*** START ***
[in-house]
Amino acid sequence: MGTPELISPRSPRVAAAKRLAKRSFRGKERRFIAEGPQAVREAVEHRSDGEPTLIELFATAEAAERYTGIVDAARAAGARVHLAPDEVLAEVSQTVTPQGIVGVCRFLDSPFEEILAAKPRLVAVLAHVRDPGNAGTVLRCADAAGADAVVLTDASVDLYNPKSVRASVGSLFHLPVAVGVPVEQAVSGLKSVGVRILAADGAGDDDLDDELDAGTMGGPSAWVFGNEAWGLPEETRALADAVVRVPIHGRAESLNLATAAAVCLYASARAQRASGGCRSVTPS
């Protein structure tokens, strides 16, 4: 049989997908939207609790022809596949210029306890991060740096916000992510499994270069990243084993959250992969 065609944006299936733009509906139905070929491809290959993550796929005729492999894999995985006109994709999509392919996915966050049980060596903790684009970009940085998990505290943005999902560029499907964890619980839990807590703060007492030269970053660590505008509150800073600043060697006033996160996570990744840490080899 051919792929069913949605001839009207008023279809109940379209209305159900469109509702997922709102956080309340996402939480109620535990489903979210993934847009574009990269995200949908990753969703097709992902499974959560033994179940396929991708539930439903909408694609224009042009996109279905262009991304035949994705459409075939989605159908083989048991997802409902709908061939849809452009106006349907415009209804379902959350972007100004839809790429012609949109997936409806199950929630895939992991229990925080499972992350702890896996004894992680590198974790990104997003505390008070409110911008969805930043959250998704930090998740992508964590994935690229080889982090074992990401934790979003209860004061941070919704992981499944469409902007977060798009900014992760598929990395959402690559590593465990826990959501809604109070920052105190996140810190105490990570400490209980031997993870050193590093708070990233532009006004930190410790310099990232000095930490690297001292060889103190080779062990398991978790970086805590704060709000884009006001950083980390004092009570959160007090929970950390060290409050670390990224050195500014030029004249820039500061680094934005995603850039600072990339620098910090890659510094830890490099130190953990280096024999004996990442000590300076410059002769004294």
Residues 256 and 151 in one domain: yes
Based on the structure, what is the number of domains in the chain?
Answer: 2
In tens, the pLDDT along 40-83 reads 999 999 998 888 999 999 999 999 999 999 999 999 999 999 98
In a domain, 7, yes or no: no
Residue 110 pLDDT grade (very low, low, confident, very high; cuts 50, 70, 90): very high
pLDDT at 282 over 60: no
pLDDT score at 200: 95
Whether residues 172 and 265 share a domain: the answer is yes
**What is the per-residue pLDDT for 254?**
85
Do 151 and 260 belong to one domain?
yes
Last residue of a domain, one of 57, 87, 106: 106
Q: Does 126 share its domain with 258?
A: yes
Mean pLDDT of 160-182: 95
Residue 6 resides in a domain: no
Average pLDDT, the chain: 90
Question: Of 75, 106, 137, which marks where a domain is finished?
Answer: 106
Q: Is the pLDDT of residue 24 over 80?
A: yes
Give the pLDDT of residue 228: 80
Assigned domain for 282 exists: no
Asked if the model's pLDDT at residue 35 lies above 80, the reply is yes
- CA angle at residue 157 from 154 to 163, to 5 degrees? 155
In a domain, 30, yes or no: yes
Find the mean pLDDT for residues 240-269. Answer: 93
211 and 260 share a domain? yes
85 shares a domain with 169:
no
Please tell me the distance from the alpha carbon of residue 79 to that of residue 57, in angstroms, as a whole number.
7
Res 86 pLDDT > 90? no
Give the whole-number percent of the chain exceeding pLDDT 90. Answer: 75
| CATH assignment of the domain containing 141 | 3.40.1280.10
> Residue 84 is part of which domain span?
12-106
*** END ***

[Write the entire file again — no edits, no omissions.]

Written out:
[in-house]
Amino acid sequence: MGTPELISPRSPRVAAAKRLAKRSFRGKERRFIAEGPQAVREAVEHRSDGEPTLIELFATAEAAERYTGIVDAARAAGARVHLAPDEVLAEVSQTVTPQGIVGVCRFLDSPFEEILAAKPRLVAVLAHVRDPGNAGTVLRCADAAGADAVVLTDASVDLYNPKSVRASVGSLFHLPVAVGVPVEQAVSGLKSVGVRILAADGAGDDDLDDELDAGTMGGPSAWVFGNEAWGLPEETRALADAVVRVPIHGRAESLNLATAAAVCLYASARAQRASGGCRSVTPS
């Protein structure tokens, strides 16, 4: 049989997908939207609790022809596949210029306890991060740096916000992510499994270069990243084993959250992969 065609944006299936733009509906139905070929491809290959993550796929005729492999894999995985006109994709999509392919996915966050049980060596903790684009970009940085998990505290943005999902560029499907964890619980839990807590703060007492030269970053660590505008509150800073600043060697006033996160996570990744840490080899 051919792929069913949605001839009207008023279809109940379209209305159900469109509702997922709102956080309340996402939480109620535990489903979210993934847009574009990269995200949908990753969703097709992902499974959560033994179940396929991708539930439903909408694609224009042009996109279905262009991304035949994705459409075939989605159908083989048991997802409902709908061939849809452009106006349907415009209804379902959350972007100004839809790429012609949109997936409806199950929630895939992991229990925080499972992350702890896996004894992680590198974790990104997003505390008070409110911008969805930043959250998704930090998740992508964590994935690229080889982090074992990401934790979003209860004061941070919704992981499944469409902007977060798009900014992760598929990395959402690559590593465990826990959501809604109070920052105190996140810190105490990570400490209980031997993870050193590093708070990233532009006004930190410790310099990232000095930490690297001292060889103190080779062990398991978790970086805590704060709000884009006001950083980390004092009570959160007090929970950390060290409050670390990224050195500014030029004249820039500061680094934005995603850039600072990339620098910090890659510094830890490099130190953990280096024999004996990442000590300076410059002769004294």
Residues 256 and 151 in one domain: yes
Based on the structure, what is the number of domains in the chain?
Answer: 2
In tens, the pLDDT along 40-83 reads 999 999 998 888 999 999 999 999 999 999 999 999 999 999 98
In a domain, 7, yes or no: no
Residue 110 pLDDT grade (very low, low, confident, very high; cuts 50, 70, 90): very high
pLDDT at 282 over 60: no
pLDDT score at 200: 95
Whether residues 172 and 265 share a domain: the answer is yes
**What is the per-residue pLDDT for 254?**
85
Do 151 and 260 belong to one domain?
yes
Last residue of a domain, one of 57, 87, 106: 106
Q: Does 126 share its domain with 258?
A: yes
Mean pLDDT of 160-182: 95
Residue 6 resides in a domain: no
Average pLDDT, the chain: 90
Question: Of 75, 106, 137, which marks where a domain is finished?
Answer: 106
Q: Is the pLDDT of residue 24 over 80?
A: yes
Give the pLDDT of residue 228: 80
Assigned domain for 282 exists: no
Asked if the model's pLDDT at residue 35 lies above 80, the reply is yes
- CA angle at residue 157 from 154 to 163, to 5 degrees? 155
In a domain, 30, yes or no: yes
Find the mean pLDDT for residues 240-269. Answer: 93
211 and 260 share a domain? yes
85 shares a domain with 169:
no
Please tell me the distance from the alpha carbon of residue 79 to that of residue 57, in angstroms, as a whole number.
7
Res 86 pLDDT > 90? no
Give the whole-number percent of the chain exceeding pLDDT 90. Answer: 75
| CATH assignment of the domain containing 141 | 3.40.1280.10
> Residue 84 is part of which domain span?
12-106